- The Food and Drug Administration plans to develop clearer guidelines around the adoption of continuous manufacturing and has asked industry stakeholders for input on how best to design a regulatory framework.
- The regulator has advocated companies make the switch from traditional batch production to continuous manufacturing, which to a large extent hasn't been widely adopted by drugmakers despite the potential benefits to speed and reliability.
- In the FDA's view, continuous manufacturing can reduce the risk of manufacturing failures and potentially help prevent drug shortages from developing — areas that have been in focus as the agency steps up its oversight of pharmaceutical production facilities.
Pharma has been loath to change over from batch production, which has served the industry for decades.
Continuous manufacturing (CM) techniques — already adopted in many other industries — promise to shorten production times significantly, while reducing the amount of human intervention needed throughout.
Two companies, Vertex Pharmaceuticals Inc. and Johnson & Johnson's subsidiary Janssen Pharmaceutical, have already made the switch to CM for two of their respective drugs. Vertex has been making its cystic fibrosis treatment Okrambi (lumacaftor/ivacaftor) using CM since the drug's approval in July 2015, while Janssen recently won FDA approval to switch from batch to CM for its HIV med Prezista (darunavir).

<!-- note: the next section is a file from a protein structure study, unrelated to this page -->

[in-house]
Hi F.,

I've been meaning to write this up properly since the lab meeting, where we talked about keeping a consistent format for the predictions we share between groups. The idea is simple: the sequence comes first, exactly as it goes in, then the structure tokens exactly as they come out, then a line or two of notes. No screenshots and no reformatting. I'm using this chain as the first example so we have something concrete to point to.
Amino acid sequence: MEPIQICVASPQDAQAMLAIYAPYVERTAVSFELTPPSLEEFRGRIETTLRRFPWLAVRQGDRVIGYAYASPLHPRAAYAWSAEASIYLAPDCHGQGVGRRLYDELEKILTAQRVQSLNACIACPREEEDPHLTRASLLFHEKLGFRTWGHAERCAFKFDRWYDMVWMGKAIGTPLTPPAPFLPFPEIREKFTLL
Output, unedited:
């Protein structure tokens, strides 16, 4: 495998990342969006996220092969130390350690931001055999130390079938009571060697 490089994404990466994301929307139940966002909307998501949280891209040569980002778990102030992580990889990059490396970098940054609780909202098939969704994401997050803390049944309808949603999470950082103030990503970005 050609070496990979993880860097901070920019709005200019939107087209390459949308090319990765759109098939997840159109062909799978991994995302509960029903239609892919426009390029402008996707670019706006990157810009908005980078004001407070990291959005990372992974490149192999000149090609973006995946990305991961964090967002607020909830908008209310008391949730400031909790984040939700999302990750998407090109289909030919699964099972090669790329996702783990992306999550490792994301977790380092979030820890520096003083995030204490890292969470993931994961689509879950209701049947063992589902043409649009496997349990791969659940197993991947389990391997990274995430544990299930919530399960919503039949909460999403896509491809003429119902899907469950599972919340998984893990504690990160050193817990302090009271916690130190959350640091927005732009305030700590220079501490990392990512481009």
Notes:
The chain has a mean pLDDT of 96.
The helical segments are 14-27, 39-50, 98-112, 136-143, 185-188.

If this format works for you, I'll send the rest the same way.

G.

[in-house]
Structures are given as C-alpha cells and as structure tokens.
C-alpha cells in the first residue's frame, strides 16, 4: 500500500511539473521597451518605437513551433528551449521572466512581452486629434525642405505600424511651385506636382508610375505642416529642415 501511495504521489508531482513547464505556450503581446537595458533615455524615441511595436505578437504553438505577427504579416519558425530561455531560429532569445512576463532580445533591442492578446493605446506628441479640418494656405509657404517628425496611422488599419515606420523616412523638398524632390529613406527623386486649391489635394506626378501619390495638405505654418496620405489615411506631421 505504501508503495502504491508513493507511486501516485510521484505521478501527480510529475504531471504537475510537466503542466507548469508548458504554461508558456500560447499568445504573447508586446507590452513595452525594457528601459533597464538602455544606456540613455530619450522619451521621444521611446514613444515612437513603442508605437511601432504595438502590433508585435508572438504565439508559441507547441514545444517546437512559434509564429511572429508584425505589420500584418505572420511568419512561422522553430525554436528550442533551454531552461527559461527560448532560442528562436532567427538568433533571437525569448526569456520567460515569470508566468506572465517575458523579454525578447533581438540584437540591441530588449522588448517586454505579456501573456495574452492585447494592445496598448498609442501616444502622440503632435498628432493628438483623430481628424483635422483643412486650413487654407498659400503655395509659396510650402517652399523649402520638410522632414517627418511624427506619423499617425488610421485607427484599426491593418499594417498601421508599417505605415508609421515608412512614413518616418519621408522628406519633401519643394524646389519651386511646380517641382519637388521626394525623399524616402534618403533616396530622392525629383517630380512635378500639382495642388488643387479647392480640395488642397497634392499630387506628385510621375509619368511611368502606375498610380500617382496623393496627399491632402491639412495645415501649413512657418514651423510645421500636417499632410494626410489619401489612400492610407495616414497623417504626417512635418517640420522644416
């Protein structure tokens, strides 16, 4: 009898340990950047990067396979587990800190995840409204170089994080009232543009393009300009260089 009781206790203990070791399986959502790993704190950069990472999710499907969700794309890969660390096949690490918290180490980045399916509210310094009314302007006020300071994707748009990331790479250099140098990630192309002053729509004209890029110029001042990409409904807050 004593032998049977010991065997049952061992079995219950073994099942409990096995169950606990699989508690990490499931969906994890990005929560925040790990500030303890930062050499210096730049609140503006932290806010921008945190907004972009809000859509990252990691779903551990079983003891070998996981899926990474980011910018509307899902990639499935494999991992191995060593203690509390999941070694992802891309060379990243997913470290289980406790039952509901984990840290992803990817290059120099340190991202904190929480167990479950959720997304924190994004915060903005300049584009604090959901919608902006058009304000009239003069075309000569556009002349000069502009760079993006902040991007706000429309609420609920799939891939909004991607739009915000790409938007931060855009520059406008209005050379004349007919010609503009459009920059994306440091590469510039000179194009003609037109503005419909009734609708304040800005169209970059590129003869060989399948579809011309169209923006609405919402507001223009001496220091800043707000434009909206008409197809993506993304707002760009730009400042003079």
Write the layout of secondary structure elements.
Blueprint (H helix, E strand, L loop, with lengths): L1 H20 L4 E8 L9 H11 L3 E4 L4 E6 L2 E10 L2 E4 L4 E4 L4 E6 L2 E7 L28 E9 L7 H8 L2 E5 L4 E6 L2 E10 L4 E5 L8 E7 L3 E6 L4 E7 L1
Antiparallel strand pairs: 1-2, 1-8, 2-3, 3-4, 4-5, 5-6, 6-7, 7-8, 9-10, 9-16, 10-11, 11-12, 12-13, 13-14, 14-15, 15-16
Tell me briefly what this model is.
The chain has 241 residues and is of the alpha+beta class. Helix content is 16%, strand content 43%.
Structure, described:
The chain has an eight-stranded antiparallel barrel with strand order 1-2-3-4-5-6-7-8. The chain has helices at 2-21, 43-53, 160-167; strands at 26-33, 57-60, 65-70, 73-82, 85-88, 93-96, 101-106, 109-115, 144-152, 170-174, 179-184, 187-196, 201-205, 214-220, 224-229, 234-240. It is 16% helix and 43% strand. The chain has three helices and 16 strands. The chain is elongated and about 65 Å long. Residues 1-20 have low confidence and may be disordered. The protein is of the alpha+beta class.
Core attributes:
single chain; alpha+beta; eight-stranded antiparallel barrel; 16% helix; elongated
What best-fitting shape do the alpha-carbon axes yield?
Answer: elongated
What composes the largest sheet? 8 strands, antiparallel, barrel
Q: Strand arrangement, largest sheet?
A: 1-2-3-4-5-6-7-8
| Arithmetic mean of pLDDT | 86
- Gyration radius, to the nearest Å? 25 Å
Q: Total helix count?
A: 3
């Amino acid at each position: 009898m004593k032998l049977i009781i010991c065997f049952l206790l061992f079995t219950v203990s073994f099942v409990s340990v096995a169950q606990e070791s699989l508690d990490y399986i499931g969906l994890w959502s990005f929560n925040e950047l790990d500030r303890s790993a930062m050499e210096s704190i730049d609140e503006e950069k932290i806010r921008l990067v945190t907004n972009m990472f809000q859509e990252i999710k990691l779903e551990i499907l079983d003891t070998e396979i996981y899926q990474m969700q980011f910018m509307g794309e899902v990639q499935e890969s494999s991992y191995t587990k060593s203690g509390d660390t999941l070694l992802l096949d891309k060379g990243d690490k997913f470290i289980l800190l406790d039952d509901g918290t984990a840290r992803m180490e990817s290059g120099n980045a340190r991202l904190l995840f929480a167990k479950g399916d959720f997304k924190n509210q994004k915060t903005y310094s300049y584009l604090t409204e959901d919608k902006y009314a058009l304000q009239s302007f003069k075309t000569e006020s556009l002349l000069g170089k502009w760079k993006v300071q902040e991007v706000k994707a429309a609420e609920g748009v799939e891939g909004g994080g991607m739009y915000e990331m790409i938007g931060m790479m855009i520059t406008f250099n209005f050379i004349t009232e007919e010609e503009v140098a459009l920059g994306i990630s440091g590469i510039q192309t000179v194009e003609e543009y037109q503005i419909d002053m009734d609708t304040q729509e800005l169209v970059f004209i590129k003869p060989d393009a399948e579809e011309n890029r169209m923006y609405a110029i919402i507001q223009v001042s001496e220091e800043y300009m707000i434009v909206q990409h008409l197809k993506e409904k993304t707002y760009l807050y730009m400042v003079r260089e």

But the FDA clearly wants more companies to transition to CM, highlighting the approach's benefits in a blog post published Monday.
"CM can shorten production times and improve the efficiency of the manufacturing process," wrote Michael Kopcha, director of the FDA's Office of Pharmaceutical Quality. "CM also allows for more nimble testing and control that can help reduce the likelihood of manufacturing failures."
Oversight of Good Manufacturing Production standards has been high on the regulator's agenda in recent years, leading to a sharp uptick in the number of warning letters issued to companies in the U.S. and abroad.
Recent shortages of sodium bicarbonate, a much-needed drug commonly used by hospitals, have also highlighted vulnerabilities in supply. CM approaches could theoretically help suppliers spin up new manufacturing lines more quickly to meet spiking demand.
Implementing CM costs time and money, however, particularly for large companies upgrading several facilities. The FDA's Kopcha, though, emphasized that drugmakers can choose to switch over specific operations within a process as well as entire production chains.
The FDA hopes providing a "framework of principles" will help drugmakers navigate CM adoption and implementation. To this end, it has opened up a docket for public comment through September 21 to gather input from stakeholders.